If the Nasher Sculpture Center has its way, the city of Dallas will soon have the same cachet as Stockholm, London and Chicago: The museum has announced plans to award an annual Nasher Prize, to be given to a living sculptor whose work has had an extraordinary impact on the art form.
The Nasher Prize will be determined by an international committee of museum directors, curators, art historians and artists at the highest level of their fields. The jury will gather at the Tate Museum in London in July; the prize announcement will come in the fall. The first prize, with a $100,000 award attached, officially will be given away on April 2, 2016.
The initial jury will include Steven Nash, the founding director of Nasher Sculpture Center; Phyllida Barlow, a British artist who has an upcoming exhibition at the Nasher; Okwui Enwezor, director of Haus der Kunst in Munich, Germany; Lynne Cooke, senior curator at the National Gallery of Art in Washington, D.C.; Yuko Hasegawa, chief curator at the Museum of Contemporary Art in Tokyo, Japan; Alexander Potts, an American art historian; and Nicholas Serota, director of the Tate in London.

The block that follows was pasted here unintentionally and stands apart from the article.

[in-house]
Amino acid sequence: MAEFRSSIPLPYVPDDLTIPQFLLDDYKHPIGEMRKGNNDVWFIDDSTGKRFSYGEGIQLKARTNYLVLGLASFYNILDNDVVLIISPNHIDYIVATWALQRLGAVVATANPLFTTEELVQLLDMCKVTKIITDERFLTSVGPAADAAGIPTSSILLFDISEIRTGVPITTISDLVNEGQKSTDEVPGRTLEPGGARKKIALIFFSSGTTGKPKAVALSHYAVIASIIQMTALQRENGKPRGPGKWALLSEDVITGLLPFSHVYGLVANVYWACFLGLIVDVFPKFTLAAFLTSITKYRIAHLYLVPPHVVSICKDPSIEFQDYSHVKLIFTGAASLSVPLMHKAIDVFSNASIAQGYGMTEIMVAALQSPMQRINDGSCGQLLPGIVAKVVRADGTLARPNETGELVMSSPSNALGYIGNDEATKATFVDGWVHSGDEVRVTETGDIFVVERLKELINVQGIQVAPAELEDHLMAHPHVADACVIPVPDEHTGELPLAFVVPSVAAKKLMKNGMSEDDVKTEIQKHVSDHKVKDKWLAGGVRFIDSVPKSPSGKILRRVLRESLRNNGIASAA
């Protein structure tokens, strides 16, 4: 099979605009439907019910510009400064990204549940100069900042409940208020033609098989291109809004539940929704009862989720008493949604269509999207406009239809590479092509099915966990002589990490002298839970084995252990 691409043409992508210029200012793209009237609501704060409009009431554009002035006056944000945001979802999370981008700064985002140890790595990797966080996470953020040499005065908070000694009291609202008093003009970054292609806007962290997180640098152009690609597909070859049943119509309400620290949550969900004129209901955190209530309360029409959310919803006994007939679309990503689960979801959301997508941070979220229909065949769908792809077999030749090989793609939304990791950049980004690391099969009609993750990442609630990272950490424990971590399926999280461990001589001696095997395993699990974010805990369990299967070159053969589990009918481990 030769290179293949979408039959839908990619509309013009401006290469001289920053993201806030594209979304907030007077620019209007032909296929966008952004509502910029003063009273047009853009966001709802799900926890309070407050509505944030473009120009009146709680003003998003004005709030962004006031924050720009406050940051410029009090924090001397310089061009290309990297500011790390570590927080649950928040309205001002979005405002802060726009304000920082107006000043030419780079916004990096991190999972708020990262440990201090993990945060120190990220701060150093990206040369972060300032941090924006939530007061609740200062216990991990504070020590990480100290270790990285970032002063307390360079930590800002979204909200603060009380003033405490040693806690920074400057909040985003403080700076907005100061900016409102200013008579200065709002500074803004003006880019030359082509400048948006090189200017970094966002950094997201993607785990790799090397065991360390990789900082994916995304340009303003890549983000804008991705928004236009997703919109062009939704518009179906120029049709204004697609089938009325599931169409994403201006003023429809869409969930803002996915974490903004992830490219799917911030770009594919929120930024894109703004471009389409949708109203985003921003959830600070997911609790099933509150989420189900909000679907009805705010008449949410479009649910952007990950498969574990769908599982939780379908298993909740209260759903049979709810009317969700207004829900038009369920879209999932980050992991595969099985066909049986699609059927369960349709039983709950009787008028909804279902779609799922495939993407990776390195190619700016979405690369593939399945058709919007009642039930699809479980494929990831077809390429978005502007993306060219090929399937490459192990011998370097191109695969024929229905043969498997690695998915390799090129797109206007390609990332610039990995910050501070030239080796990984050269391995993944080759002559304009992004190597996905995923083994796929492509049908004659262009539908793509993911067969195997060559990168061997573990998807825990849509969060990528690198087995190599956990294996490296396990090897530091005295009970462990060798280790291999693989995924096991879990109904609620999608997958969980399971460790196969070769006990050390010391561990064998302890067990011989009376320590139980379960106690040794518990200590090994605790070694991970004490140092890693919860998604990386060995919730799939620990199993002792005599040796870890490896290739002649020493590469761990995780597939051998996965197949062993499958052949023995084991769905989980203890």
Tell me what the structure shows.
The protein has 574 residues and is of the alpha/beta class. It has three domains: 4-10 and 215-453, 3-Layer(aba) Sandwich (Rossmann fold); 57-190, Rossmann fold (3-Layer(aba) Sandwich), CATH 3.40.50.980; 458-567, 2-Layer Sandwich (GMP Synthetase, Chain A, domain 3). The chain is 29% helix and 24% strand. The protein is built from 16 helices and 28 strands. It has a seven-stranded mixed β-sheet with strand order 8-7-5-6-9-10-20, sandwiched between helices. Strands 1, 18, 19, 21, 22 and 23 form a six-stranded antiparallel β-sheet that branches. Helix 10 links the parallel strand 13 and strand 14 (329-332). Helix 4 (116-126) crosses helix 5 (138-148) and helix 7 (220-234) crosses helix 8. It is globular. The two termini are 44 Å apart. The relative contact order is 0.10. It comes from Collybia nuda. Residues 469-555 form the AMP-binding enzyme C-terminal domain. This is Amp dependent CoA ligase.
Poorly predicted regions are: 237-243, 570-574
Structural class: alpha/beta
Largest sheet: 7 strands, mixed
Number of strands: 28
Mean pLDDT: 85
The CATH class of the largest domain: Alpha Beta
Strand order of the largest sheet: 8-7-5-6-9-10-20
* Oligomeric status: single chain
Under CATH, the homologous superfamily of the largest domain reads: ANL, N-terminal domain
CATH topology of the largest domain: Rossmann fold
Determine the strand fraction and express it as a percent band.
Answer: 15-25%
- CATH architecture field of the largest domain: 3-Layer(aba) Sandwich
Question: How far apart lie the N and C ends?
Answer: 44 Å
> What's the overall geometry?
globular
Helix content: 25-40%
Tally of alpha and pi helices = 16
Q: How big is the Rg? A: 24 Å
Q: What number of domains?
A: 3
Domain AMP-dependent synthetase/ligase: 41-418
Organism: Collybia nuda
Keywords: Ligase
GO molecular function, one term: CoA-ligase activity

As one of the few art institutions dedicated exclusively to the exhibition and study of modern and contemporary sculpture, the Nasher is hoping this prize will put it — and Dallas — on the map when it comes to prestigious awards. In fact, Dallas Mayor Mike Rawlings intentionally brought up things like the Nobel Prize, the Turner Prize and the Pritzker Prize when he spoke at the announcement.
"Those prizes contribute to our understanding of [Stockholm, London and Chicago] as global cultural centers," Rawlings said. "The world looks to, and thousands convene in, these places every year to bestow these awards on the best and brightest minds that the world has to offer in their various fields."
Nasher director Jeremy Strick hopes the prize will be influential for the field of sculpture itself.
"An international prize recognizing outstanding contributions to the field can bring focus and depth to the conversation, highlighting the achievements of the most important artists of our time, and adding to the understanding of the significance of their work," Strick said in a release.
The museum also is developing a series of public programs and educational opportunities tied to the Nasher Prize, including public lectures, symposia and family programs designed to further extend the broader appreciation of sculpture.